Why Banff means the world


I’m at the Banff Centre in Canada, where artists come from all over the world to create new work. Many are single-minded. Some are even eccentric. A few have flunked conventional education, and the Banff Centre is the first institution they’ve engaged with in which they are understood. I’ve watched singers perform while snow falls lazily outside the window, listened to writers read from tender new work, and been in light-filled studios with visual artists who turn ordinary photographs into something beautiful.

I’ve also been moved by the geography of the place – the Banff Centre is in the Rocky Mountains in Canada’s first national park, a world heritage area and one of the greatest landscapes on Earth. Here, one can be inspired by art in the context of nature, an increasingly rare human experience. Like nature, art can transform our lives, but like nature the creation of art is imperilled in the 21st century and I don’t think it’s coincidental. Being at the Banff Centre has made me reflect on what we lose when we don’t foster art, when we don’t foster creativity. And what we lose is the world.


I’m a big fan of Sir Ken Robinson, who reviewed school education in the UK in 1998 and now talks internationally about creativity and passion. Robinson believes schools are operating in an old paradigm that privileges literacy, numeracy and science. Increasing standardisation presumes everyone is the same. “Many people in schools are laboring under this sort of dead culture of continuous testing,” Robinson has said of the UK system. “And one of the results of it has been to reduce the curriculum, to narrow it.” What gets lost, according to Robinson, is creativity in all its forms.

In Australia, we’ve embraced this narrowing of the curriuculm so wholeheartedly that the education system now operates like a big Victorian-era school, with a stick to punish bad behaviour and rewards for conformity. Literacy, numeracy and science are valued. Music, dance, the visual arts and story-making are add-ons if they’re offered at all, even at primary school when children dance, draw, sing and make up stories without being asked. 

But even as school education becomes increasingly narrow in its focus, we’re also seeing a decline in performance on the very outcomes that standardisation seeks to improve. The recently published 2012 PISA literacy, maths and science test results show Australia’s performance has declined in the last decade, the decade we introduced a national curriculum and started a literacy and numeracy testing framework, the high stakes NAPLAN test, with results published by school. We’re getting further behind countries like Finland, where there’s no national curriculum and teachers are highly trained, relatively free agents. And despite the huge cost of NAPLAN, which, we were told, would improve literacy and numeracy, results remain pretty much where they were at the start. I suspect this will change eventually, and the graph will go up to the right on NAPLAN, but it won’t be because we’re achieving better educational outcomes. It will be because teachers and schools learn how to get better marks on the test, which will continue to marginalise everything else, including creativity, in education.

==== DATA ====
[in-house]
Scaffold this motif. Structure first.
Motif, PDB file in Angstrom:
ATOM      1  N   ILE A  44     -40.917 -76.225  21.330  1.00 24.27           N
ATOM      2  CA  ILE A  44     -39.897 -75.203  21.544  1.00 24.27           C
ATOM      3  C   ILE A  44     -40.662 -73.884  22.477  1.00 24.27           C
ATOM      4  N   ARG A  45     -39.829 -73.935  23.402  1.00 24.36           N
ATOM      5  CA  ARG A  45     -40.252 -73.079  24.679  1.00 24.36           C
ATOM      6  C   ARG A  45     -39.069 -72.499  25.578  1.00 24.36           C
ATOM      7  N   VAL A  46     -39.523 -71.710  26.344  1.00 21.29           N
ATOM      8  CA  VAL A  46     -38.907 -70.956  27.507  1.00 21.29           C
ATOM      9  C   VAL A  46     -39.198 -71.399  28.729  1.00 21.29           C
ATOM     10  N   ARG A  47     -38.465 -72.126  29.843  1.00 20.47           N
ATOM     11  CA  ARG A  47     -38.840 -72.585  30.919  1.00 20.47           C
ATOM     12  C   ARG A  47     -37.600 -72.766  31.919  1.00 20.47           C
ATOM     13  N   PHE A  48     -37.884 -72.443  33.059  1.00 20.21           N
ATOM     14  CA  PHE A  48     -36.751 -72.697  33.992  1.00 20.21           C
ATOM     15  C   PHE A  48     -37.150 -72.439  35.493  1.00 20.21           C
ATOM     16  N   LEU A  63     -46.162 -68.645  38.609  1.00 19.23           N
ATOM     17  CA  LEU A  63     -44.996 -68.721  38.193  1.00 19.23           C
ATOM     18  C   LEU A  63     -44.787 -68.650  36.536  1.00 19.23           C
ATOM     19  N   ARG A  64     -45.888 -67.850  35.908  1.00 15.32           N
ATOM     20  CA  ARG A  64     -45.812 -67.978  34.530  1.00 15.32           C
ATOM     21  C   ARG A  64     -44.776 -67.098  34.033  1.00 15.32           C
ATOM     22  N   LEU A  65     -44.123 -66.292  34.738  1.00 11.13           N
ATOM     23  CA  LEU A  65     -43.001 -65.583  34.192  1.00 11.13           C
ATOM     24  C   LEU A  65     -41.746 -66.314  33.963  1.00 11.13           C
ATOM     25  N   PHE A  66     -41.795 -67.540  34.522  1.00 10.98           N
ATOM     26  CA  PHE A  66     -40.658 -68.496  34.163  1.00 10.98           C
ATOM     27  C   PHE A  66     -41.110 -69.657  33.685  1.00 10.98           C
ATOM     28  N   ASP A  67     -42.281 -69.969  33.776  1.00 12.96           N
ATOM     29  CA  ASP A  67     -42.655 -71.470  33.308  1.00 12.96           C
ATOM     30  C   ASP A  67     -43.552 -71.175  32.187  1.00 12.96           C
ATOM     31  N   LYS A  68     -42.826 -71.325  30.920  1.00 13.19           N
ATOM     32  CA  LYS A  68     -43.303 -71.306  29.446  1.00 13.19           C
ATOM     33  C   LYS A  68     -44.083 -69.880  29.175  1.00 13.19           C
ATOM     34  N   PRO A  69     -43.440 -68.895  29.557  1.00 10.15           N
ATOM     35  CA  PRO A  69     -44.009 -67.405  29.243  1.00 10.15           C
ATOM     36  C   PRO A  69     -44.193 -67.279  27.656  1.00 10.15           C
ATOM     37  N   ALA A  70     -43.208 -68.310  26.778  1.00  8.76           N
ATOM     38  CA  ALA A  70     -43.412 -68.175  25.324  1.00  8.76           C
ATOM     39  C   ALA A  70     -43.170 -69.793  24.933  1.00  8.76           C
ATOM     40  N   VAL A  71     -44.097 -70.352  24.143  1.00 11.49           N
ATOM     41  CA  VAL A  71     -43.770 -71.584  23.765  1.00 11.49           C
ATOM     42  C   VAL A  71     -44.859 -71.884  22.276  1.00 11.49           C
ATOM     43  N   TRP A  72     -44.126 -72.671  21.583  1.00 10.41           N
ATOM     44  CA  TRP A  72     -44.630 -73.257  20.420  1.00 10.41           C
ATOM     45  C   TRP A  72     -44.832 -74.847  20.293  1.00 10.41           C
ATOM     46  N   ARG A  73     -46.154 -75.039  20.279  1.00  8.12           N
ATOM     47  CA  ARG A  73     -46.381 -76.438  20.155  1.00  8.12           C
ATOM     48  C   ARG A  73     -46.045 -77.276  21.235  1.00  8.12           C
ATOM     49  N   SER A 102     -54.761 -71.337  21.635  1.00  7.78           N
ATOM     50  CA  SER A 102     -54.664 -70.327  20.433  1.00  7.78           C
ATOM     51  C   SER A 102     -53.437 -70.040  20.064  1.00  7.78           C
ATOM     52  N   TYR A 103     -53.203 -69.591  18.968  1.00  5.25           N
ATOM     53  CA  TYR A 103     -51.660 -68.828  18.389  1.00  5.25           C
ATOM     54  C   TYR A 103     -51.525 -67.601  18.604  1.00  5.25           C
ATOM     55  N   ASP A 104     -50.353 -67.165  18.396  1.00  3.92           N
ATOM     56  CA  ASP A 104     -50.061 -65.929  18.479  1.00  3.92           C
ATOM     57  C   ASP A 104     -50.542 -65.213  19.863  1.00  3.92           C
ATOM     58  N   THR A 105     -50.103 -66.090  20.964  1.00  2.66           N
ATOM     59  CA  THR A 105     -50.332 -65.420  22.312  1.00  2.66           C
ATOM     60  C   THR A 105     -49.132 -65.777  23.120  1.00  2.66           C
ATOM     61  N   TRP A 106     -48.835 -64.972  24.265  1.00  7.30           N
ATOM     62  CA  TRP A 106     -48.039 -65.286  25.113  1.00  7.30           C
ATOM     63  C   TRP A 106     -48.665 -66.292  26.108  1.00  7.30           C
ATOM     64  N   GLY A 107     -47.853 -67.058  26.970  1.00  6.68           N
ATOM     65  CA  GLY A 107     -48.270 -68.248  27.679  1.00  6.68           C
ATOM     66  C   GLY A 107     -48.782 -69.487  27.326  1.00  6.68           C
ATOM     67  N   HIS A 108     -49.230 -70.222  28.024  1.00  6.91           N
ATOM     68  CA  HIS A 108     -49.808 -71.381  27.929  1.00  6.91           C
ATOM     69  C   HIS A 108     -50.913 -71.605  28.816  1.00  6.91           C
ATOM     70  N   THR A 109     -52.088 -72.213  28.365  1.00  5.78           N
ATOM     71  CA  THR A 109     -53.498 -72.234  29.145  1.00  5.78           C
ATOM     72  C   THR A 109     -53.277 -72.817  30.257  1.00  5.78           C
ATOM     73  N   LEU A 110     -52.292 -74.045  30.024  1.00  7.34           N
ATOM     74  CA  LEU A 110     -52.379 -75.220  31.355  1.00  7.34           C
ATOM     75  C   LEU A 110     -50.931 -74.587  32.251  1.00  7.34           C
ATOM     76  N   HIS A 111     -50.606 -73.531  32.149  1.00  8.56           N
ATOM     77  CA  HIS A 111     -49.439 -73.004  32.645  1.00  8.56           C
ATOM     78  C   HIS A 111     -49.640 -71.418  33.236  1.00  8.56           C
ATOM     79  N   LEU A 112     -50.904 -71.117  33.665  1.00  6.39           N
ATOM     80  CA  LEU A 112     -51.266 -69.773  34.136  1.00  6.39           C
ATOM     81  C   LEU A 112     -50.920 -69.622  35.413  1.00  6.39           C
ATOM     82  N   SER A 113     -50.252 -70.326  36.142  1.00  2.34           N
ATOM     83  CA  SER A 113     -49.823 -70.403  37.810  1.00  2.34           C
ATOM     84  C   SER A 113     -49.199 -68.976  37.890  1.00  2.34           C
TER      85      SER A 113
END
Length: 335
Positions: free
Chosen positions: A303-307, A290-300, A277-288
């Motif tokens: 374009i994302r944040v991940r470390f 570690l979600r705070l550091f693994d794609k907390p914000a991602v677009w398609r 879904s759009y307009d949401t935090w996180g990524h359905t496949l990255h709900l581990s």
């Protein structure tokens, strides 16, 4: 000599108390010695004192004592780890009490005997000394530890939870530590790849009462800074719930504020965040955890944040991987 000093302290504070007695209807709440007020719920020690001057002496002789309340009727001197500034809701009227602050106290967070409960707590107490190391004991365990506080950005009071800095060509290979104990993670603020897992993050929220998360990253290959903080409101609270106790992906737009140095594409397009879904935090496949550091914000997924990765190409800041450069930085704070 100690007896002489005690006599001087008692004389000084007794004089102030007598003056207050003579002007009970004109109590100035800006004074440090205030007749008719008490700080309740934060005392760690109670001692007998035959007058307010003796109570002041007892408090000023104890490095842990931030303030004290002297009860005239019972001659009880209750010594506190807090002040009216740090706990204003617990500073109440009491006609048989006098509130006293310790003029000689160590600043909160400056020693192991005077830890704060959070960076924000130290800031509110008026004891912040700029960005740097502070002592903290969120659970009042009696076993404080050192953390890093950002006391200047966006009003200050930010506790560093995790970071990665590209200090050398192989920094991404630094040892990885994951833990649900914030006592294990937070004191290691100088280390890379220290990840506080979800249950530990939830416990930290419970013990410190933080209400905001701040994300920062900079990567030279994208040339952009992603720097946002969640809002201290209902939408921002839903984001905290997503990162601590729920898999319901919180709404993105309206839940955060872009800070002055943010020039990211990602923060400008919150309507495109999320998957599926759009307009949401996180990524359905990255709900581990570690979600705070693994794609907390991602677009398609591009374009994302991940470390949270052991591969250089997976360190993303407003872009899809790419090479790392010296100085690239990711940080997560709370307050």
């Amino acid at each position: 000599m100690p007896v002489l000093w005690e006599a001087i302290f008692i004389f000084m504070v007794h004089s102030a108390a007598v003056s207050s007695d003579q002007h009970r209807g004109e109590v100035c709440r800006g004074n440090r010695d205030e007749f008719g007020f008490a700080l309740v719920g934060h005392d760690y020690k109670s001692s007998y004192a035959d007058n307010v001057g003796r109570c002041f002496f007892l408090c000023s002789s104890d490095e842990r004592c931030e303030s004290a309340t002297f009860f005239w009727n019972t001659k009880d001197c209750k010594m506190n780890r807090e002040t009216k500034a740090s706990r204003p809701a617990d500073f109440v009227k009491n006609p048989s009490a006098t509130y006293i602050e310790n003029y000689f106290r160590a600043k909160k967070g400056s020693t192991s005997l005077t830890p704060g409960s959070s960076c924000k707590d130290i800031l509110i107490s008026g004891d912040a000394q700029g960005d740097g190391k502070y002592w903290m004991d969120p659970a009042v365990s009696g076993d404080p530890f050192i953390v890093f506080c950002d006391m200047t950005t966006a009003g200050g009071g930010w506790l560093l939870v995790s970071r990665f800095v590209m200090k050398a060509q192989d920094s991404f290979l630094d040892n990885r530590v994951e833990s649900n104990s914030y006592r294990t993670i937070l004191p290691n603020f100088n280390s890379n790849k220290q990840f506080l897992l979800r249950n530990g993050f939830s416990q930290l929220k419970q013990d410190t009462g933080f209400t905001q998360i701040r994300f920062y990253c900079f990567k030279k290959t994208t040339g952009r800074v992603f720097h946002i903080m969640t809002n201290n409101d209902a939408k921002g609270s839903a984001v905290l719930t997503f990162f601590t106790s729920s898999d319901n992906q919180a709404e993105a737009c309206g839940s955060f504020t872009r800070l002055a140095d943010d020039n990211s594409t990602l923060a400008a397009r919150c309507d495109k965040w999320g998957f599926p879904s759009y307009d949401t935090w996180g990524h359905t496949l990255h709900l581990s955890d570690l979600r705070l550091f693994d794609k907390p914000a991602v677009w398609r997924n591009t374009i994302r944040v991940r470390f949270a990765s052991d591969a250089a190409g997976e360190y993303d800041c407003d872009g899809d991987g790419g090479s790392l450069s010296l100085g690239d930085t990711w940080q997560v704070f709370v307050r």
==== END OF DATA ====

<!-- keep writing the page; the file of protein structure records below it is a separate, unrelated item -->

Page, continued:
There’s been a lot of focus on Shanghai, the city (China opts not to report national results) that owned the 2012 PISA tests, with 15 year olds ahead of their Australian peers by a year or more. But educators themselves in China are saying Shanghai students do well because they’re drilled so hard. Students are graduating with little capacity for creativity which in business means innovation. What I suspect the Chinese are realising is that creativity in all its forms is necessary for economic growth in the 21st century. But I believe it’s also the only quality other than human love with the power to make us better humans, who can engage meaningfully with the natural world.

As I sit in my room and watch the mountains, listening to the trail of a contraband sax down the hall (you’re supposed to play in the soundproofed studios in the forest), reading a piece by a Scottish writer, I am grateful for artists. In our 21st century world, we surely need them.


Based on the column published in The Courier-Mail Qweekend  on 18 January 2014. I write mainly about writing, education, birth, health and the thrill of parenting. You can Get in touch,  tick the box to receive emails, Like Writer Mary-Rose MacColl on Facebook or follow MaryRoseMacColl on Twitter. Have a great day!